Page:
Work-life balance. It’s something that we’re always hearing about. But with so much content out there about the importance of a healthy work-life balance how are we supposed to know which advice is good and which is bogus? Well, luckily for you, Where We Work have put our thinking caps on and done the reading and research for you. We’ve come up with what we consider to be the simplest tips for achieving that elusive work-life balance.
Learn to say no
Making yourself available 24/7 to every demand that comes
your way will likely result in you being overworked and overwhelmed. If this sounds like you, then you might need to think about harnessing the power of "no". Take the time to think about whether you can feasibly manage to take on a task before agreeing to it; if you feel like you won’t be able to complete the task without it having a negative impact on your other work load or your time off, then say no. The Mental Health Foundation recommends that when work demands get too high that it is important to speak up i as this is when stress starts to kick in and have an adverse effect on wellbeing.
A huge amount of stress can be caused by poor organisation and the simplest tricks can be employed to counteract this. Writing a note at the end of the day to yourself in which you list your outstanding tasks and things that are on your mind is an effective way to order your thoughts before you leave the workplace. Knowing what you have to work on tomorrow before you leave the office will help keep your mind from straying to organise all of the tasks you need to complete when you’re away from work. This will also help to make you more productive when you get into work the next day, as you will already have your thoughts organised and a clear check list of what you need to complete. Setting reminders in your diary for when certain tasks need to be completed can also help you to prioritise tasks and help prevent a last-minute panic over the forgotten presentation that’s due for tomorrow. Being organised at work will leave you with more time to relax when you are at home.
Leave work at work
It can be incredibly difficult to switch off when we leave the office and actually leave work at work. But there are some ways to help make this happen. Closure is a big theme among those offering tips for a healthy work-life balance: mentally switching off from the work day is important. Getting into the habit of a small routine or ritual to signify the end of the working day can be a useful way to distance yourself from work in your free time. Taking a minute to take some deep breaths before you start the car engine or unwind for a moment at the bus stop can be time to acknowledge the fact that you have left worki.
Even when we’re manically busy, we still make time for the essential things in life. We eat, we sleep, we repeat (although
it’s likely if you’re overworked that you’re not getting enough sleep – but that’s a matter for another blog). Despite this, when we’re overworked one of our most important needs usually gets pushed to the bottom of the to-do list and is forgotten: exercise. Being active is a great way to reduce stress and it pumps feel-good endorphins through your body. Exercising lifts our mood and keeps us healthy – meaning we’re less likely to take sick days and to see a boost in our productivity. And if the thought of hitting the treadmill or benching weights fills you with dread, don’t worry. Yoga or meditation can sow the same benefits; a quick five-minute session in the morning and evening is a great way to relax and counteract stress ii.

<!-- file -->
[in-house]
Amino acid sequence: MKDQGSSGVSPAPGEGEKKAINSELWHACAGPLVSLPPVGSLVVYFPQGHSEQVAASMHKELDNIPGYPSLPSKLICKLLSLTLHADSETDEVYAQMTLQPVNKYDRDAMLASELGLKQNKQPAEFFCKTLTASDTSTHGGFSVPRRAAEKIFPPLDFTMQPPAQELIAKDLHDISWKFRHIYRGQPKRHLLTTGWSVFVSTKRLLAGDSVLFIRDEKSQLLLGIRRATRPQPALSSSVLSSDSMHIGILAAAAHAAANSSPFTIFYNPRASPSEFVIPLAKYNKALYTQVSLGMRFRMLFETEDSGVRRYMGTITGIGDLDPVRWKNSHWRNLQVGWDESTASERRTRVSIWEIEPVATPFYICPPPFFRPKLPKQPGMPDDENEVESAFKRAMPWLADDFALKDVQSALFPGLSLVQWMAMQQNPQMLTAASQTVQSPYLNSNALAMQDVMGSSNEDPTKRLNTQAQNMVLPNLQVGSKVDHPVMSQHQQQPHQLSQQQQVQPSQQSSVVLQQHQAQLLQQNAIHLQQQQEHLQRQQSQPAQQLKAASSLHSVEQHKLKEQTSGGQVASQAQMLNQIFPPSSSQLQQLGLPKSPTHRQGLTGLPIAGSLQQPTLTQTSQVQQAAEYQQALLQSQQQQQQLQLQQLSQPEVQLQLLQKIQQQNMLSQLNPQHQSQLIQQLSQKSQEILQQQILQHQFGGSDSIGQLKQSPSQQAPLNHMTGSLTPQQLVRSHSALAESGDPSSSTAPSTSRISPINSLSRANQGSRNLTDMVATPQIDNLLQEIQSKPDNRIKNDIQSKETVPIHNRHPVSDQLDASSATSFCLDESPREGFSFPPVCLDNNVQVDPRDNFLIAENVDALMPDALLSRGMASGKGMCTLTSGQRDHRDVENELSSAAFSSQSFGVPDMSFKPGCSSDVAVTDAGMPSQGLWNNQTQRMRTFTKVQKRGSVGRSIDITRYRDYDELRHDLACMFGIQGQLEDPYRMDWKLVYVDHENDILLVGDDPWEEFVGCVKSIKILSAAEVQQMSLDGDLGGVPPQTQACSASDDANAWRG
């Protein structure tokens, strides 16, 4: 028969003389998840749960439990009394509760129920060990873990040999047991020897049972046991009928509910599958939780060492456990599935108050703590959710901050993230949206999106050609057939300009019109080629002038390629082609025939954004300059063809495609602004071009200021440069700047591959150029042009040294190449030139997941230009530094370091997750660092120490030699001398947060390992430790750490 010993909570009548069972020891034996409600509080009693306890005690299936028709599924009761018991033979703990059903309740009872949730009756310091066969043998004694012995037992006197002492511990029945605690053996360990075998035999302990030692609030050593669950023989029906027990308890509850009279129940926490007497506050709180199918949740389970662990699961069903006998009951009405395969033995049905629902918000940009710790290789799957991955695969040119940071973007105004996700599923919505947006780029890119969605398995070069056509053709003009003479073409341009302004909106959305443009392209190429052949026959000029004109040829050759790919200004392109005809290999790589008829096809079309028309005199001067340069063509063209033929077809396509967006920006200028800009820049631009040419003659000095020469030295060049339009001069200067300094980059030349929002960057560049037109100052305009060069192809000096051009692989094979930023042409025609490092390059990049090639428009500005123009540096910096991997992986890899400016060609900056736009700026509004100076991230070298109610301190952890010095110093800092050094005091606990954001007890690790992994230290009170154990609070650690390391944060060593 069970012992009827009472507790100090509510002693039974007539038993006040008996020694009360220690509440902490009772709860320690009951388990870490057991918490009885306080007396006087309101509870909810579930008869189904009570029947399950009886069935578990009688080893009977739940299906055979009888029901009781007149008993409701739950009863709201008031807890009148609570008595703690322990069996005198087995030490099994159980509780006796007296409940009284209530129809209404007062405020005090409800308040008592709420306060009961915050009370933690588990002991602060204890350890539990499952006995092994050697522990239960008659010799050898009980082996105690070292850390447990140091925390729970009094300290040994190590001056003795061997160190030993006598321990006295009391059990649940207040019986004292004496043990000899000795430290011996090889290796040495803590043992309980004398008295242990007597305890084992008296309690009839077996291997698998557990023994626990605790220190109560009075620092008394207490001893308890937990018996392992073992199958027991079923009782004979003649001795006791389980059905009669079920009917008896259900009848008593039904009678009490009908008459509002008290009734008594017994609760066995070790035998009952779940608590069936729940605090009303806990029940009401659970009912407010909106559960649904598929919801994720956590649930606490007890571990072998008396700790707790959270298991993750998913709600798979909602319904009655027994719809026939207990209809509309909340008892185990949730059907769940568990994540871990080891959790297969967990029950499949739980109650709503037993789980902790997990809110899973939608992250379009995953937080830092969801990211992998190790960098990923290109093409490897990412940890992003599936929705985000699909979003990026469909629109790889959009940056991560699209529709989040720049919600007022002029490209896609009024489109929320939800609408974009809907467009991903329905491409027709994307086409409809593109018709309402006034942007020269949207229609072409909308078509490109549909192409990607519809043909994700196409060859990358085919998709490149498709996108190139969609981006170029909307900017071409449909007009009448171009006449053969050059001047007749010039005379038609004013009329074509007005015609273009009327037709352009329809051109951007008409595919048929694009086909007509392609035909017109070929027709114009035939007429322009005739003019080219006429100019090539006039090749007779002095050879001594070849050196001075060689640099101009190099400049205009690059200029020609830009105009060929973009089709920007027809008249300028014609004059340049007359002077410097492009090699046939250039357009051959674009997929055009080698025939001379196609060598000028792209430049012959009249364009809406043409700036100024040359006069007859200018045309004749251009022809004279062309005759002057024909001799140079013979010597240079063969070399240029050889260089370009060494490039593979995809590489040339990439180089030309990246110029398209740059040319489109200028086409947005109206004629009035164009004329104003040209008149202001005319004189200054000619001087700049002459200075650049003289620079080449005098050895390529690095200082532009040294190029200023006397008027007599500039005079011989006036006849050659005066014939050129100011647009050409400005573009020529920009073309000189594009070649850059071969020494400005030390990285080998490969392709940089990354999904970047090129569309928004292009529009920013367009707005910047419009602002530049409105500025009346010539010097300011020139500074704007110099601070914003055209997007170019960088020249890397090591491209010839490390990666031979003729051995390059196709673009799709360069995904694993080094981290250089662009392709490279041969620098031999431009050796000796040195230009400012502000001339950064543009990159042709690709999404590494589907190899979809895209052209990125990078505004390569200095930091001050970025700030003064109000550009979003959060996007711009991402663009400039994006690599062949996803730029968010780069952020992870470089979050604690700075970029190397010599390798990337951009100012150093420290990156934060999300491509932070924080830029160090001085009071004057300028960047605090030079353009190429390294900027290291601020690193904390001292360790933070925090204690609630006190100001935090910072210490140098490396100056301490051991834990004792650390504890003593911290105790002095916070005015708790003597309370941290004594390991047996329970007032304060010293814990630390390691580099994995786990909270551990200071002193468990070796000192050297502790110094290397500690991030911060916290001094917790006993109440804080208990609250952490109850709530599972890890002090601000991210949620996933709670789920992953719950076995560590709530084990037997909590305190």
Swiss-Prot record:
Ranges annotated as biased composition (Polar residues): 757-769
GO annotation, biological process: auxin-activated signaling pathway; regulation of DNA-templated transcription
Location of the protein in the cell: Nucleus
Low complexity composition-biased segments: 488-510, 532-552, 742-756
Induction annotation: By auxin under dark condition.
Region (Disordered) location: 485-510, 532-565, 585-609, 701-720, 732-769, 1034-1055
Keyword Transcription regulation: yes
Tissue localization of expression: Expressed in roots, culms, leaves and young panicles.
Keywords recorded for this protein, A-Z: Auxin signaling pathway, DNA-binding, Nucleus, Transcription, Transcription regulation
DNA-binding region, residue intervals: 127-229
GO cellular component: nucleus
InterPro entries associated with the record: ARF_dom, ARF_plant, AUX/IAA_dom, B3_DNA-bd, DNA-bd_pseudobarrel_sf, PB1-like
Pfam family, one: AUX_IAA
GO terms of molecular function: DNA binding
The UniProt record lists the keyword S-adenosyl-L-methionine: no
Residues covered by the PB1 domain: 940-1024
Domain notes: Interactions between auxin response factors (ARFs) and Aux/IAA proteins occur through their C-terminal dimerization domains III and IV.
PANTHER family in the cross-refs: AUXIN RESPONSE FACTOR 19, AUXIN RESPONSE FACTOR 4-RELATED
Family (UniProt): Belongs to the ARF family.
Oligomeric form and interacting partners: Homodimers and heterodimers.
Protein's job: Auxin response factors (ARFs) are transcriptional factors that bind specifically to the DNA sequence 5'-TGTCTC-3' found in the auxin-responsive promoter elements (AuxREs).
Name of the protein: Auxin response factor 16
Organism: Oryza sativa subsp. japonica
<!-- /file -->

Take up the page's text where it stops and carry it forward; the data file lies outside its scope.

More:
It’s all too easy to neglect your friends and family when we
feel the workload piling up. We’ve all been there; half a dozen people we really must make plans with but never get around to seeing. When you plan your week, make sure to schedule time in for socialising. Putting a date in the diary to grab a coffee or a bite to eat will give you something to look forward to and give you an extra incentive to manage your time effectively so you don’t have to cancel.
From smart phones to telecommuting, technology has helped our modern lives in many ways. However, it has also created expectations of constant accessibility and can mean that for many the work day never seems to end. Many people will find themselves checking or replying to emails in the evenings, weekends or even when they’re on holiday – and this isn’t healthy. Notifications interrupt your time off and can create a background noise of stress and unease meaning you can never feel fully relaxed or recharged. The incessant checking of emails will not be adding to your productivity and is more than likely hampering your ability to be productive. Be strict with yourself; don’t check work emails when you aren’t at work. You could even delete the email account for work off your smart phone so there is no temptation to ‘check in’ in your downtime. Having distance from work and allowing yourself to fully disconnect from it will allow you to properly relax and enjoy your own time.
But why exactly is it important to have a work-life balance? Well, it matters to people. A recent study found out that nearly two-thirds of employees felt that work-life balance was the most important factor to them in overall life satisfaction – and as we all know: happy staff are more productive staff. Human productivity isn’t simply a numbers game; to be our most productive we need time to recharge our batteries. We don’t get more done by working long hours and being constantly available through our smart phones; we are not robots. And this means that any job that isn’t being done by a robot requires a person with a sense of balance, not a slave mentality.